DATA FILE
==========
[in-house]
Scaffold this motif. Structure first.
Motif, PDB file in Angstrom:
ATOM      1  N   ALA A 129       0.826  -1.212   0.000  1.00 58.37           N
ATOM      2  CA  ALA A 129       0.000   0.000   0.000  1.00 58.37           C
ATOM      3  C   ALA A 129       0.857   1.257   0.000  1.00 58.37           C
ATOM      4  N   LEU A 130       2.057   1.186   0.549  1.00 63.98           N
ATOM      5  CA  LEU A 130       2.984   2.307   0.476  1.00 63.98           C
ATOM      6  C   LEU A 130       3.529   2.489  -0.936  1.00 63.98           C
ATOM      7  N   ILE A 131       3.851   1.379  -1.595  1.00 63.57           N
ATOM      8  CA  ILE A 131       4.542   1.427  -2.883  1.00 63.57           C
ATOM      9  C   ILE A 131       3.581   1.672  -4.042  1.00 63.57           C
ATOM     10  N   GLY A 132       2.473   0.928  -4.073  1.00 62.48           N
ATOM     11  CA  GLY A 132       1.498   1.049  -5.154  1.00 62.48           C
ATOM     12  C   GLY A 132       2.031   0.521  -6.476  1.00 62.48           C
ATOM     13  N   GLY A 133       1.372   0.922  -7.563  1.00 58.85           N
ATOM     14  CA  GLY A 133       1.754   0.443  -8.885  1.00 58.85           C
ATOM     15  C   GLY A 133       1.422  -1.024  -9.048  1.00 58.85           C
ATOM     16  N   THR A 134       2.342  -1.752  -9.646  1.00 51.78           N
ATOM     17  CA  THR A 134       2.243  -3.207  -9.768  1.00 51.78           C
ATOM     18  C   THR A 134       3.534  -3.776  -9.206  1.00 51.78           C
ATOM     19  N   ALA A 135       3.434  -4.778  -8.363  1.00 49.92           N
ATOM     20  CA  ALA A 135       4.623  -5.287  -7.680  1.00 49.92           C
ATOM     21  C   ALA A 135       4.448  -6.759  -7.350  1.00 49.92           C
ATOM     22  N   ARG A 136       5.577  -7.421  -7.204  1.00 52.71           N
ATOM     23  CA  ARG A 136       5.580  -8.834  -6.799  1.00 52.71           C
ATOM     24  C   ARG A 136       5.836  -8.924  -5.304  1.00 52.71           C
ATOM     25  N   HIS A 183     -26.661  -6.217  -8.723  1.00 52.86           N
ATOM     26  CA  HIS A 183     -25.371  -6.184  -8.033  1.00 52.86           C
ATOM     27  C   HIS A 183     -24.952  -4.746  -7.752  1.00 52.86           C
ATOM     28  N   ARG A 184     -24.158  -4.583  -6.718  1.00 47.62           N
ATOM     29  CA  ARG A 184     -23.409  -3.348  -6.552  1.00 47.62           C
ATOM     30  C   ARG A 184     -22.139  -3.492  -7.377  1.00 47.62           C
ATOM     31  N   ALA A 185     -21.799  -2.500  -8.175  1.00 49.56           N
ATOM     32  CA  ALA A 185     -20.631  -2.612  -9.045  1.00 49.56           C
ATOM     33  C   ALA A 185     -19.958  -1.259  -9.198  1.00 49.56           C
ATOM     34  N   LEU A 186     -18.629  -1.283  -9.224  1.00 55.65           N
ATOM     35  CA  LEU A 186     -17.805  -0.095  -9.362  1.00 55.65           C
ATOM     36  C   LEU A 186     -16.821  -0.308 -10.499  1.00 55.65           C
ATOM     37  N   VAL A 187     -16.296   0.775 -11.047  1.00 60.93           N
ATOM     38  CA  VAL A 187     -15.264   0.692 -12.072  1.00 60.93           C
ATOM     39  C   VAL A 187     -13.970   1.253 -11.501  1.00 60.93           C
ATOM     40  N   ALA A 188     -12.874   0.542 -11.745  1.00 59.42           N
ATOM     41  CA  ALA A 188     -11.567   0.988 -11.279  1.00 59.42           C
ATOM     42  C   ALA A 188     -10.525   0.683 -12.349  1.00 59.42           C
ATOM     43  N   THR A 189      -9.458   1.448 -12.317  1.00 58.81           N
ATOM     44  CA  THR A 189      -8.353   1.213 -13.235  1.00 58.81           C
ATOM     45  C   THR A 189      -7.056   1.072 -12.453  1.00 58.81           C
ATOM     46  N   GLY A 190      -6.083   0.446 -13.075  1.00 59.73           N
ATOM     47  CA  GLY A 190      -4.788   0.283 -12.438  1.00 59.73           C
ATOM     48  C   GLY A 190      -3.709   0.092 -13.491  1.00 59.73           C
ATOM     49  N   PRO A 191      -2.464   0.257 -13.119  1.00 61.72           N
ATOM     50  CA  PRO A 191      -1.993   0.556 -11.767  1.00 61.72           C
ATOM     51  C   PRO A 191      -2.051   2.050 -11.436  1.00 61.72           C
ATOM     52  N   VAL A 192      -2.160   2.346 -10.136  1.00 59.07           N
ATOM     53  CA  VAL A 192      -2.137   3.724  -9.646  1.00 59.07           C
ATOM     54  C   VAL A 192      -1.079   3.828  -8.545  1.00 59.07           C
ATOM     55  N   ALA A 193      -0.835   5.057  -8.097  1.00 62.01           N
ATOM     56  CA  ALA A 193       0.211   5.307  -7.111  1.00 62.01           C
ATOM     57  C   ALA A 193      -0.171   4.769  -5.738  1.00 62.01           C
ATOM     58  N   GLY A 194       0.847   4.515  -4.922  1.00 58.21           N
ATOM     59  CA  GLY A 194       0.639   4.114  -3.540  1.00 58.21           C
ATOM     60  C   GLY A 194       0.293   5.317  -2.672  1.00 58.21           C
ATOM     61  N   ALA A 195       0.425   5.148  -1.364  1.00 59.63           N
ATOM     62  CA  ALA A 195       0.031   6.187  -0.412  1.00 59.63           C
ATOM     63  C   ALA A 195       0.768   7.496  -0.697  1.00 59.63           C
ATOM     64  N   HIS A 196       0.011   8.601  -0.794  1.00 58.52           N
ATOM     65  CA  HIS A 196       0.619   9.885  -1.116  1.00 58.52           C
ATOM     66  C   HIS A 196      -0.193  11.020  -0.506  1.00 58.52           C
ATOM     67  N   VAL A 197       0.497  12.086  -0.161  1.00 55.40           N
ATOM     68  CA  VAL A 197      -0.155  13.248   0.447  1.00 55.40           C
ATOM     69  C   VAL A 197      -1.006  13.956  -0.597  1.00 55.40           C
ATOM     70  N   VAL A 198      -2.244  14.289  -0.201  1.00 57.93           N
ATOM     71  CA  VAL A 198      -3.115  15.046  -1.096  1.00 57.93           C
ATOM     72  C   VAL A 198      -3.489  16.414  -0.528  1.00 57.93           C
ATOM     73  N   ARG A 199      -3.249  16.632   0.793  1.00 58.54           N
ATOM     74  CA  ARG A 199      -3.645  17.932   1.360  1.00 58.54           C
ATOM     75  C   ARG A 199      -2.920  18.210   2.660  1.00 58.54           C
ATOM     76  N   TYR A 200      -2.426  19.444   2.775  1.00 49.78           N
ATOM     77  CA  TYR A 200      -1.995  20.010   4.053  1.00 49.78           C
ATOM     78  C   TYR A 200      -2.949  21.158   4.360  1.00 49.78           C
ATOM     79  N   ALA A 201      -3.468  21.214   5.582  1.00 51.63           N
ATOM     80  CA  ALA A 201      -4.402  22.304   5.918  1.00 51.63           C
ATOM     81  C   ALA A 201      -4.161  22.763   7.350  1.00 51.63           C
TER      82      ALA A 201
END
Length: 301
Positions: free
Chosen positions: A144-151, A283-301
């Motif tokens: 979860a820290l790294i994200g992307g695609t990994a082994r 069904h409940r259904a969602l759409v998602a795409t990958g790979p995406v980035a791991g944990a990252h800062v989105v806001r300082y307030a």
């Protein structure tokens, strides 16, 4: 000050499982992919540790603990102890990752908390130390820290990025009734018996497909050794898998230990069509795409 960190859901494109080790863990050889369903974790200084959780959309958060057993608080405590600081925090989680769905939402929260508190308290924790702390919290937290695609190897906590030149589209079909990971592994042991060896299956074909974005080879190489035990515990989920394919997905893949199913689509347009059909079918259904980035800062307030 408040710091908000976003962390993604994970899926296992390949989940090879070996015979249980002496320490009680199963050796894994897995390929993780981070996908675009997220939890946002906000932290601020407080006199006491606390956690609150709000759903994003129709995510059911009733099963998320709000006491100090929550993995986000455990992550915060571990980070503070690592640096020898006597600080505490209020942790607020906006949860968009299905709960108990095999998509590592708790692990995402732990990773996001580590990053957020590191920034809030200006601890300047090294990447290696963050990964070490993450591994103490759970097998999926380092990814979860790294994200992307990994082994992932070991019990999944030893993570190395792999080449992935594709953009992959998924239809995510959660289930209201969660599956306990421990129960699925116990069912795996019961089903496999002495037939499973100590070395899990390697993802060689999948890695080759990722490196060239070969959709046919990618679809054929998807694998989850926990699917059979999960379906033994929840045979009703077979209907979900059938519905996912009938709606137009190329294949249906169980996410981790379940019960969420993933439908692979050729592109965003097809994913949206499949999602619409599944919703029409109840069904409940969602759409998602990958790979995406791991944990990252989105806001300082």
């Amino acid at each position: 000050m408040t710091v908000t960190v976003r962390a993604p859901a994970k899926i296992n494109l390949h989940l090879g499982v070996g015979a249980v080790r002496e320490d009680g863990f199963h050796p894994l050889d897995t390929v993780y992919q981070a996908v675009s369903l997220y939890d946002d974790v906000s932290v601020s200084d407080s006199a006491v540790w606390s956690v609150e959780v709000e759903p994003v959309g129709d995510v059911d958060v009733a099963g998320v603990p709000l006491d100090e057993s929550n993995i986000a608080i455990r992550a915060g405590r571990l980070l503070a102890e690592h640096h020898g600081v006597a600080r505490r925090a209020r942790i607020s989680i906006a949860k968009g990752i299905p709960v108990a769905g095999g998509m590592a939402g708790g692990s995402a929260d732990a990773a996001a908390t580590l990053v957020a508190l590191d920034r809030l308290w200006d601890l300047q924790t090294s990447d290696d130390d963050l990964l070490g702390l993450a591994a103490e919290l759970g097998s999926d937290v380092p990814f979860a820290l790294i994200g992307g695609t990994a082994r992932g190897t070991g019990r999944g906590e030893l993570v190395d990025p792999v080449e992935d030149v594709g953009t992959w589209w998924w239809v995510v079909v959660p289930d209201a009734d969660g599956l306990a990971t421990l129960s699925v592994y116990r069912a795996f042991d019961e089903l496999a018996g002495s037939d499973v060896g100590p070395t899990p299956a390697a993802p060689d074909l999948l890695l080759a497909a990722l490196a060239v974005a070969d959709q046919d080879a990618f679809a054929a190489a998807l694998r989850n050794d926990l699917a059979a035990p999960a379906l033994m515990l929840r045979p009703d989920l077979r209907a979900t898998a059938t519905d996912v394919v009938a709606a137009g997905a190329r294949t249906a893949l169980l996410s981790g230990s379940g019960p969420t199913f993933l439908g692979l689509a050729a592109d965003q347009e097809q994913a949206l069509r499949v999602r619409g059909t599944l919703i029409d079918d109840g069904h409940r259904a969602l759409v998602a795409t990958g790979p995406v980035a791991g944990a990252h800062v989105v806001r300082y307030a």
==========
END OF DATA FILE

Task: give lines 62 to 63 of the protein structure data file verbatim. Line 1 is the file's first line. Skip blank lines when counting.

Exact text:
ATOM     59  CA  GLY A 194       0.639   4.114  -3.540  1.00 58.21           C
ATOM     60  C   GLY A 194       0.293   5.317  -2.672  1.00 58.21           C